The Real Dirt On Buck Scrapes

Let’s say I was visiting my hometown and wanted to find a certain guy, my unrequited crush from high school. I wondered what he’d look like now, where he spent most of his time, and more importantly, was he with someone?

I grabbed a slice at a pizza place, where I didn’t see anyone I knew and had the same result the next evening at a Chinese restaurant. But the next morning, I took a counter seat at the neighborhood coffee shop, where I learned everything about everybody. In fact, I figured if I frequented that coffee shop, odds were that I’d soon see my crush. In fact, sooner or later I’d see everybody in town.

I hope you know where I’m going with this. The pizza place and the Chinese restaurant are akin to secondary scrapes. The local coffee shop, well, that’s the primary scrape, where everybody learns everybody else’s business. As you plan your strategy for hunting season, here’s a key thing to remember: the coffee shop is routinely visited. The pizza place and Chinese restaurant aren’t visited as often; in fact, a visit to those places may be a one-time deal.

In fact, studies show that a mature buck may make more than 200 scrapes a year, but will only consistently return to about a dozen of them. The other scrapes are random and are all but worthless to hunt.

How Deer Use Scrapes

The old belief that a primary scrape is “controlled” by the area’s dominant buck has been thrown out the window by lots of research. In fact, to sum up the research, scrapes are visited by all ages of deer and serve as a communal property – coffee shop – for a number of reasons.


Another common belief was that deer always scraped at the scrape, which is not true, according to research. In all of the research, game cameras are positioned at scrapes and deer identified. Their visits are noted and counted. At first glance, it would seem disheartening to those of us who are tempted to hunt scrapes – the majority of the older bucks never visited the scrape more than once or twice.

There’s a reason for that. The scenting ability of the whitetail is so amazingly good that those older bucks have learned they don’t need to bother with all that scraping and urination in the scrapes. In fact, they ARE “visiting” the scrape, by making a scent check at a distance.

Go back to the coffee shop analogy. You know how it is when you hit your local spot. You know who’s there from the vehicles in the parking lot. If you’re looking for a certain person, you don’t need to go inside. The buck that scent checks the scrape from a distance is “checking the vehicles in the parking lot.”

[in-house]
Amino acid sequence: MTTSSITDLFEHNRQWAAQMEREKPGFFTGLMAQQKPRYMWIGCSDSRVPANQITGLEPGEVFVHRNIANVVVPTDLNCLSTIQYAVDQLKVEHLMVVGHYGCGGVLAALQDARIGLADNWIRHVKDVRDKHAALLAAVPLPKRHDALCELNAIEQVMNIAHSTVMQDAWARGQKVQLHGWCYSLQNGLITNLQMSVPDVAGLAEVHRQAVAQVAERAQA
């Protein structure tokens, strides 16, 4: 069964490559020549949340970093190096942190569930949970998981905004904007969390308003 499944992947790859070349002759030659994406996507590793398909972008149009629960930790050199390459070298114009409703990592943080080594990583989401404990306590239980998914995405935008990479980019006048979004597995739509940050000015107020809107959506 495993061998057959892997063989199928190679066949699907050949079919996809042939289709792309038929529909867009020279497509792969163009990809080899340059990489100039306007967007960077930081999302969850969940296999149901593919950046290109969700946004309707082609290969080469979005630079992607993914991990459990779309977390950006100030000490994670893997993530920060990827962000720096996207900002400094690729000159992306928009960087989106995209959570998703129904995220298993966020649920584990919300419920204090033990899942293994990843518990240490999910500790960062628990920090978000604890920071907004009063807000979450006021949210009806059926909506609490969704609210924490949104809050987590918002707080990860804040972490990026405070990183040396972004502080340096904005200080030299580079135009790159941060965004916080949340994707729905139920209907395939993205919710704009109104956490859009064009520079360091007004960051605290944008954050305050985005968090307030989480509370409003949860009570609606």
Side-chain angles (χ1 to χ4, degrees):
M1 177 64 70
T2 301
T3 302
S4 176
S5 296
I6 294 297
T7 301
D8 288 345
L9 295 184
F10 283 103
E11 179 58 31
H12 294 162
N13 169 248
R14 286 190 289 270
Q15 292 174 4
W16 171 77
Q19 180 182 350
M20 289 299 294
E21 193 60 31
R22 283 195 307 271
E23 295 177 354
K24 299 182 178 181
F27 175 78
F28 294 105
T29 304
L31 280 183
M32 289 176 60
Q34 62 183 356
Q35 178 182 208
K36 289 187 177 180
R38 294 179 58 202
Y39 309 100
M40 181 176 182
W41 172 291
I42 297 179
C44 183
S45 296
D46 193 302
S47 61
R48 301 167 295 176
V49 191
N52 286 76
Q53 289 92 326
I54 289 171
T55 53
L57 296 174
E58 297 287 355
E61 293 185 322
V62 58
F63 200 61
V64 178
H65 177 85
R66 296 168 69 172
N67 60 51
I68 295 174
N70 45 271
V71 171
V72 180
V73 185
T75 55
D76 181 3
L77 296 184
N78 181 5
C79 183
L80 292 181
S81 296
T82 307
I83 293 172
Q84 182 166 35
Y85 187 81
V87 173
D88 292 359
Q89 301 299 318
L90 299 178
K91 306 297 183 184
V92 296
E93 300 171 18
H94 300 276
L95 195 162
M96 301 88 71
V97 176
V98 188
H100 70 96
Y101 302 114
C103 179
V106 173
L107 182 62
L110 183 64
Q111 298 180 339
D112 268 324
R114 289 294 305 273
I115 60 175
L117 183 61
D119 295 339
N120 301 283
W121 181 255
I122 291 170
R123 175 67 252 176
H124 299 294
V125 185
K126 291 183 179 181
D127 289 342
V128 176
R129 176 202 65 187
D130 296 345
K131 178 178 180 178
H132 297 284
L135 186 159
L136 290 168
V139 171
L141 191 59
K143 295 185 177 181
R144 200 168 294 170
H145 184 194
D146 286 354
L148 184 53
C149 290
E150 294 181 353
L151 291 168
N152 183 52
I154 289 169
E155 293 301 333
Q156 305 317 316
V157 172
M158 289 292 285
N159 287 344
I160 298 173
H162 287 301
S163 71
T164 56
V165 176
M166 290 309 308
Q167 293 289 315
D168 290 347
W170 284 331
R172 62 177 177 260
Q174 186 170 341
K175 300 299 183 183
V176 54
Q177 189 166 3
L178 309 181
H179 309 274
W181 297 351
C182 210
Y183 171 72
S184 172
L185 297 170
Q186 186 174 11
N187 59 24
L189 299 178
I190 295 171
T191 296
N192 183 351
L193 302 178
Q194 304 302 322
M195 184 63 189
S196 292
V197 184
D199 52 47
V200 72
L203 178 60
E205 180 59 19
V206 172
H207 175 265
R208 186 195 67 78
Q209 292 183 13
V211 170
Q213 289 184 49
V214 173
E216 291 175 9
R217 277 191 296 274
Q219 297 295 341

Research shows that although bucks may not scrape, they always use the overhanging branch. Bucks rub their pre-orbital (eye)/forehead gland on the overhanging branch. Does smell and/or lick the overhanging branch. The does do not rub the branch with their pre-orbital gland. The new thinking is that the does, by licking the branch, may be depositing or detecting pheromones on the overhanging limb.

What’s the bottom line? There will be no scrape without an overhanging branch. And more – if the branch is removed or just wears out to the point it is unusable, the scrape activity will be abandoned.

What about mock scrapes? In 1998, researchers Dr. James Kroll and Ben Koerth made four mock scrapes and set up game cameras on each of them. One scrape had no scent, one had rutting buck urine, one had doe-in-heat urine and the fourth had human urine. The scrapes with buck urine and human urine were visited the most frequently, but the scrapes with doe urine and no scent weren’t far behind. Bucks and does of all ages visited all the scrapes.

There are lots of things to learn from this study. Deer are visually attracted to scrapes by the sight of a bare spot on the forest floor. Deer aren’t spooked by human urine. Deer are curious about changes – the same researches did the study again, putting “new car scent” in one of the scrapes and deer visited that scrape just as often.

It is a good strategy to make a mock scrape every time we hunt a tree stand. In fact, you can really jazz up the game by making a mock scrape using dominant buck urine or estrous scent, near the primary scrape you’re hunting.

Scrape Dripper
Scrape Dripper

Thinking Outside the… Scrape

I hadn’t known that the “licking branches” are used year-round. Bucks don’t open up the scrape until their testosterone level rises. Since the branch is used all year, the deer “know” each other. When you introduce a new scent, deer go on alert to find the newcomer.

Hunters who target scrapes have to accept that it’s going to be a waiting game. You can hang felt wicks on the licking branch, but you have to be super vigilant about scent control. You may also have to abandon hunting too close to the scrape, and instead, choose a spot where a buck may come in and scent check. Although it will be a waiting game, hopefully, it will be worth the wait.

A successful hunting season starts at Sportsman’s Guide! Shop our wide selection of hunting gear >

Leave a Reply

Commenting Policy - We encourage open expression of your thoughts and ideas. But there are a few rules:

No abusive comments, threats, or personal attacks. Use clean language. No discussion of illegal activity. Racist, sexist, homophobic, and generally hateful comments are not tolerated. Keep comments on topic. Please don't spam.

While we reserve the right to remove or modify comments at our sole discretion, the Sportsman's Guide does not bear any responsibility for user comments. The views expressed within the comment section do not necessarily reflect or represent the views of The Sportsman's Guide.